The 2016 final regulations do not apply to banks, insurance companies, leasing companies, finance coordination centers, regulated investment companies, or real estate investment trusts (unless they engaged in transactions primarily with related persons that are not themselves not such specified entities). Additionally, the 2016 final regulations do not apply to trusts, estates, S corporations, and partnerships other than Section 987 aggregate partnerships. A Section 987 aggregate partnership is a partnership (1) in which all capital and profit interests are owned by persons related to each other; (2) that has one or more eligible QBUs, and (3) whose partner has a different functional currency from the eligible QBU.
The 2023 proposed regulations generally remove the exclusion for these specified entities, thus making them subject to the 2023 proposed regulations. However, the new proposed regulations generally continue to exclude foreign non-grantor trusts and foreign estates if the aggregate interests of beneficiaries that are U.S. persons is less than 10% and foreign partnerships if the aggregate interests of the partners that are U.S. persons is less than 10% of the capital and profits interests.
The 2016 final regulations retained the 2006 proposed regulations’ aggregate approach to partnerships, but applied it only to Section 987 aggregate partnerships. Under this aggregate approach, assets and liabilities reflected on the books and records of an eligible QBU of a Section 987 aggregate partnership are allocated to each partner, which is considered an indirect owner of the eligible QBU.
The 2023 proposed regulations apply a hybrid entity approach to non-Section 987 aggregate partnerships. Under this approach, a partnership (other than a Section 987 aggregate partnership) is treated as a QBU having its own functional currency. If a partnership owns an eligible QBU with a functional currency that is different from the functional currency of the partnership, the eligible QBU is treated as a Section 987 QBU, and the partnership (not the partner) is generally treated as the owner of the eligible QBU.
Under this approach, the partnership allocates to each partner a share of the unrecognized Section 987 gain or loss for the taxable year with respect to each Section 987 QBU owned by the partnership on an annual basis. The partnership determines a partner’s share of the unrecognized Section 987 gain or loss for the taxable year for each Section 987 QBU based on the partner’s distributive share of profits and losses attributable to that Section 987 QBU for the taxable year. At the partner level, each partner translates its share of the unrecognized Section 987 gain or loss into its functional currency at the yearly average exchange rate and calculates its net unrecognized Section 987 gain or loss with respect to each Section 987 QBU of the partnership based on this share.
The proposed regulations make other changes to the computation of unrecognized Section 987 gain or loss, the rules for determining the source and character of Section 987 gain or loss, the rules relating to deferral events and outbound loss events under Treas. Reg. §1.987-12, the application of Section 987 in a consolidated group, as well as other changes.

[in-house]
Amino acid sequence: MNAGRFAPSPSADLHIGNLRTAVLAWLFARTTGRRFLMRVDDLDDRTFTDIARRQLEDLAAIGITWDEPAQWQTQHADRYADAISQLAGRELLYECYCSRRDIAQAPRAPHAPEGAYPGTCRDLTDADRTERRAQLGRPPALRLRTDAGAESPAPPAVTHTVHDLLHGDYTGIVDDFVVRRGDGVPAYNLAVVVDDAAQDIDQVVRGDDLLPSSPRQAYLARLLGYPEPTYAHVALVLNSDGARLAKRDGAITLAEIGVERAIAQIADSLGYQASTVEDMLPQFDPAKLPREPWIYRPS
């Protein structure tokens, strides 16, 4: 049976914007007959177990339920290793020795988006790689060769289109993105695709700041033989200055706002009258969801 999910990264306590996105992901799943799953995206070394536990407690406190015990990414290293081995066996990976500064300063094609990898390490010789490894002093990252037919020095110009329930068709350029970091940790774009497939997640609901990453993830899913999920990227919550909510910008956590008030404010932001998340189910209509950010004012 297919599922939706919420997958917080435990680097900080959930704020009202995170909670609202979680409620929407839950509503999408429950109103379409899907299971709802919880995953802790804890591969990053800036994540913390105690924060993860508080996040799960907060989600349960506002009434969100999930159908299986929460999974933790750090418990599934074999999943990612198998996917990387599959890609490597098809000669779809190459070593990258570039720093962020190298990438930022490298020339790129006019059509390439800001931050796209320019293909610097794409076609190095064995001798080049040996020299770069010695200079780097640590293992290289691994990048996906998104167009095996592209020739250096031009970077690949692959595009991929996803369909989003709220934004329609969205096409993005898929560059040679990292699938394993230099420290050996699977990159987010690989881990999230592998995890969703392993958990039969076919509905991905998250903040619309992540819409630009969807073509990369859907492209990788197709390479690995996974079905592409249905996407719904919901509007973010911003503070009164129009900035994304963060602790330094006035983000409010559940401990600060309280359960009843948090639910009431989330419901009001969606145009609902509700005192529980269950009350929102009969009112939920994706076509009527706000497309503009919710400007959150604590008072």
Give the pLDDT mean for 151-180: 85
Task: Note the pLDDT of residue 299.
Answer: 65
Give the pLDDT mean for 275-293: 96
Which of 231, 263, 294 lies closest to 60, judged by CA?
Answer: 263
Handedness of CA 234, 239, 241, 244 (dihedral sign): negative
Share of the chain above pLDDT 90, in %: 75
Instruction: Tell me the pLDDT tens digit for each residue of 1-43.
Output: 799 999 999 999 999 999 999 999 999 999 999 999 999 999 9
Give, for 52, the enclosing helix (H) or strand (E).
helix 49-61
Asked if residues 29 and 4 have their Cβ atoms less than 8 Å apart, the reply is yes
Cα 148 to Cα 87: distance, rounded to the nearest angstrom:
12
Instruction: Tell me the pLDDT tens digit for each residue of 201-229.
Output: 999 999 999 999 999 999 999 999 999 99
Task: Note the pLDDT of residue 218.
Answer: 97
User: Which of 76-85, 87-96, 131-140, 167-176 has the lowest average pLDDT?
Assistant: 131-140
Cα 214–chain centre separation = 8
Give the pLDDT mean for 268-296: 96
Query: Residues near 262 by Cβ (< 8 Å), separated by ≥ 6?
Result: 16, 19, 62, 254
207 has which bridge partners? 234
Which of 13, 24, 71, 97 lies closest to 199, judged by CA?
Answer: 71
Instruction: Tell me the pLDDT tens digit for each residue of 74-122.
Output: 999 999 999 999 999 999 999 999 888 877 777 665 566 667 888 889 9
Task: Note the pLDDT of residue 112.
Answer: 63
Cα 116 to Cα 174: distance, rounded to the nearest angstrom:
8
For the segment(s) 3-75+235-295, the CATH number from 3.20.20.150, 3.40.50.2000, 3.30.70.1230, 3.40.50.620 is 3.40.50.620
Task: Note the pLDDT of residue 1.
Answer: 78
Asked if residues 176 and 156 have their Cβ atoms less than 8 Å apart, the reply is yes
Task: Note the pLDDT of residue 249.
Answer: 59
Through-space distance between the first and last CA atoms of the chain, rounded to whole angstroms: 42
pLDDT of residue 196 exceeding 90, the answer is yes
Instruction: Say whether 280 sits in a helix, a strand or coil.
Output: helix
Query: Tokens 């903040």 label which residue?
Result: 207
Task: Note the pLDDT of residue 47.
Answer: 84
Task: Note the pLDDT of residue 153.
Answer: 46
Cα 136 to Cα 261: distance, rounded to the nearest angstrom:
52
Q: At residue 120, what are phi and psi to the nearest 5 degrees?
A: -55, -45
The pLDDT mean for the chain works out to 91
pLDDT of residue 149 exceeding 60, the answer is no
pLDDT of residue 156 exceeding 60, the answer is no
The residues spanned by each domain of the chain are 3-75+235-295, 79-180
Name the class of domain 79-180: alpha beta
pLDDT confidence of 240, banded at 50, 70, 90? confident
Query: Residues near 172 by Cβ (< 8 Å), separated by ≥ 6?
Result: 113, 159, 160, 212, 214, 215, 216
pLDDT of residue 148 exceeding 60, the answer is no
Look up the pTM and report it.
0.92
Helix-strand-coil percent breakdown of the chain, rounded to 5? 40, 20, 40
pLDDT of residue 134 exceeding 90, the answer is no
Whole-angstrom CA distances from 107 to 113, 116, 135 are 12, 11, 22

The 2023 proposed regulations provide a new transition rule that replaces the fresh start transition rule of the 2016 final regulations. The new transition rule applies in the taxable year beginning on the transition date (that is, the first day of the first taxable year in which the 2023 proposed regulations are applicable). For purposes of determining unrecognized Section 987 gain or loss in the first taxable year in which the regulations apply, the assets and liabilities reflected on a Section 987 QBU’s balance sheet at the end of the previous year would be translated into the owner’s functional currency at the spot rate on the day before the transition date. An owner of a Section 987 QBU must determine the amount of Section 987 gain or loss that has accrued before the transition date (“pretransition gain or loss”). In the first taxable year in which the regulations apply, pretransition gain is treated as net unrecognized Section 987 gain, and pretransition loss is treated as suspended Section 987 loss, subject to the rules described above.
Taxpayers that applied an “eligible pretransition method” under Section 987 before the transition date will use that method to compute their pretransition gain or loss. The 1991 proposed regulations and certain earnings-only methods are eligible pretransition methods. Taxpayers that did not apply an eligible pretransition method must generally determine their pretransition gain or loss under the method in the 2023 proposed regulations.
Once finalized, the 2023 proposed regulations will be generally applicable for taxable years beginning after December 31, 2024. A taxpayer may choose to apply the proposed regulations -- once published in the Federal Register - for taxable years beginning on or before December 31, 2024, and ending after November 9, 2023. Moreover, a taxpayers may rely on the proposed regulations for taxable years ending after November 9, 2023, under certain conditions.